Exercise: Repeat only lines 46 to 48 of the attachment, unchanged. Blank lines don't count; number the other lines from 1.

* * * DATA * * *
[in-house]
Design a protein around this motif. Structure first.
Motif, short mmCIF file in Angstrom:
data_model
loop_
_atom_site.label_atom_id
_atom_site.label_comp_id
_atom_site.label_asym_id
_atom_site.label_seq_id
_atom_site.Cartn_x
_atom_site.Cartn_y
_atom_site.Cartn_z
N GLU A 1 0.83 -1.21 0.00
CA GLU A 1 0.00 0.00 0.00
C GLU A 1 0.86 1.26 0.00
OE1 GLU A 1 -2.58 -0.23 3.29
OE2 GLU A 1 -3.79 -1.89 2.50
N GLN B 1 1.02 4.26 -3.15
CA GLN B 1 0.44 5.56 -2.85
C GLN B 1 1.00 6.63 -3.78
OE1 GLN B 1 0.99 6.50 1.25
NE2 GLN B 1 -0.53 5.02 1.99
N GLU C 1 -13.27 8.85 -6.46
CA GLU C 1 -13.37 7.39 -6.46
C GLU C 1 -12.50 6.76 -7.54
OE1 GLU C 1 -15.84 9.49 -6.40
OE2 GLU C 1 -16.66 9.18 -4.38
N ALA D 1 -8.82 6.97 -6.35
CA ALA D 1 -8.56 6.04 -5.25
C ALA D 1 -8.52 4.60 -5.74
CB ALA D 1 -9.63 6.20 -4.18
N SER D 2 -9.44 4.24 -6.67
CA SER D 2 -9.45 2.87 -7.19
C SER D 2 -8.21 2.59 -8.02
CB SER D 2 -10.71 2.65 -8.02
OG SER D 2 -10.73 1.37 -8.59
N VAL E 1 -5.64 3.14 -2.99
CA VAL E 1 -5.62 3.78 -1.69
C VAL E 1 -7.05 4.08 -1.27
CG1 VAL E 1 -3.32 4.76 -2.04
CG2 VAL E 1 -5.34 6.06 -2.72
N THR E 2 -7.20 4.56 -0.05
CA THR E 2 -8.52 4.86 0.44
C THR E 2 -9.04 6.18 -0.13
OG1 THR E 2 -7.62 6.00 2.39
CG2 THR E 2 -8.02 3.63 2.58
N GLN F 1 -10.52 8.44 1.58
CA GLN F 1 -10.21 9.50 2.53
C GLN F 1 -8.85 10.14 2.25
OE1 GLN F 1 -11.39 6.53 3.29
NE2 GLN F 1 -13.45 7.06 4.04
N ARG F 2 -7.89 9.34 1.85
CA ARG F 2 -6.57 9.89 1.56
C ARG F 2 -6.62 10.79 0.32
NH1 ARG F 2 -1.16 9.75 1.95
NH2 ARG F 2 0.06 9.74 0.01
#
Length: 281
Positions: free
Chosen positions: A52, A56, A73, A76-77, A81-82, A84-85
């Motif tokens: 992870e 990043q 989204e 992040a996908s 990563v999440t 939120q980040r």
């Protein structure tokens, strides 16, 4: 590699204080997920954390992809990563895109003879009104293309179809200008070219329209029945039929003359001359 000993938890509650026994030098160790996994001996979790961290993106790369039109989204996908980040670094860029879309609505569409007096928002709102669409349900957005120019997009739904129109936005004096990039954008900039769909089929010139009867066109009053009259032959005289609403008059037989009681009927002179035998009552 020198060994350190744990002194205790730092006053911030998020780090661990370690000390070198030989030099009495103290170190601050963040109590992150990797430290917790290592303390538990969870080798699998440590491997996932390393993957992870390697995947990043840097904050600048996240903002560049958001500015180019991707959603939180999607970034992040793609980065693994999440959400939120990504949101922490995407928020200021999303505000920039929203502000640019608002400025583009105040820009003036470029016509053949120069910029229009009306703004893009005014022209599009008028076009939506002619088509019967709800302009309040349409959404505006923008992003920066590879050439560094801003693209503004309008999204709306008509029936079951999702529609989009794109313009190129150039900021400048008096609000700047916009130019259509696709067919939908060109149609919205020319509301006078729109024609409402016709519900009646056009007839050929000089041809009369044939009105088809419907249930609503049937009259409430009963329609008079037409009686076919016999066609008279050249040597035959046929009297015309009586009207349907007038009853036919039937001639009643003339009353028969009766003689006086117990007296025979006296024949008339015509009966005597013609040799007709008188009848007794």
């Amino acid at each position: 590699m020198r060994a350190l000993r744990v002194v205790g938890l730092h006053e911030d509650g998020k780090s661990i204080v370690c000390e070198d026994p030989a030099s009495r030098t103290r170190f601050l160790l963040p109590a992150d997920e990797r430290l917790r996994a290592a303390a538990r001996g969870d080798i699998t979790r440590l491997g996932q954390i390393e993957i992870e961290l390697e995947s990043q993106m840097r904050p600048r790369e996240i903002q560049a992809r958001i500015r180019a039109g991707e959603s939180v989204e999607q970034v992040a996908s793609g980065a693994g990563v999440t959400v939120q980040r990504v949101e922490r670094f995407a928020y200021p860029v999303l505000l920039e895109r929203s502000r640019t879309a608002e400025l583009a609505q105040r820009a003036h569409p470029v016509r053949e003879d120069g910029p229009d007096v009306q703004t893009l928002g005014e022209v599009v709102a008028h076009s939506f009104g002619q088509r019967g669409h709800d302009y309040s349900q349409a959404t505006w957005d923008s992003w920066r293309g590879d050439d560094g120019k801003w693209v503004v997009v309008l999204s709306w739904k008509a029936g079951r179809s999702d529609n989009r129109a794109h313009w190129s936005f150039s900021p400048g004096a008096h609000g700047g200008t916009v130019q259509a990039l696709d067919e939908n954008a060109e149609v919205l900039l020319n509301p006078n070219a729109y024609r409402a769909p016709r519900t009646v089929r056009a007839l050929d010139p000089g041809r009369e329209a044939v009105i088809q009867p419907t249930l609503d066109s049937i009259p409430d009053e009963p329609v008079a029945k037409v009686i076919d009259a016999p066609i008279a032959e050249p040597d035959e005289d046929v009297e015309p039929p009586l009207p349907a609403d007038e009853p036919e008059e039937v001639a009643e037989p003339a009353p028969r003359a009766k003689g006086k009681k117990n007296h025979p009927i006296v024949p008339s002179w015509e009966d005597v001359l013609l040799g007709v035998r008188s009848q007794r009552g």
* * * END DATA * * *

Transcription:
CG2 THR E 2 -8.02 3.63 2.58
N GLN F 1 -10.52 8.44 1.58
CA GLN F 1 -10.21 9.50 2.53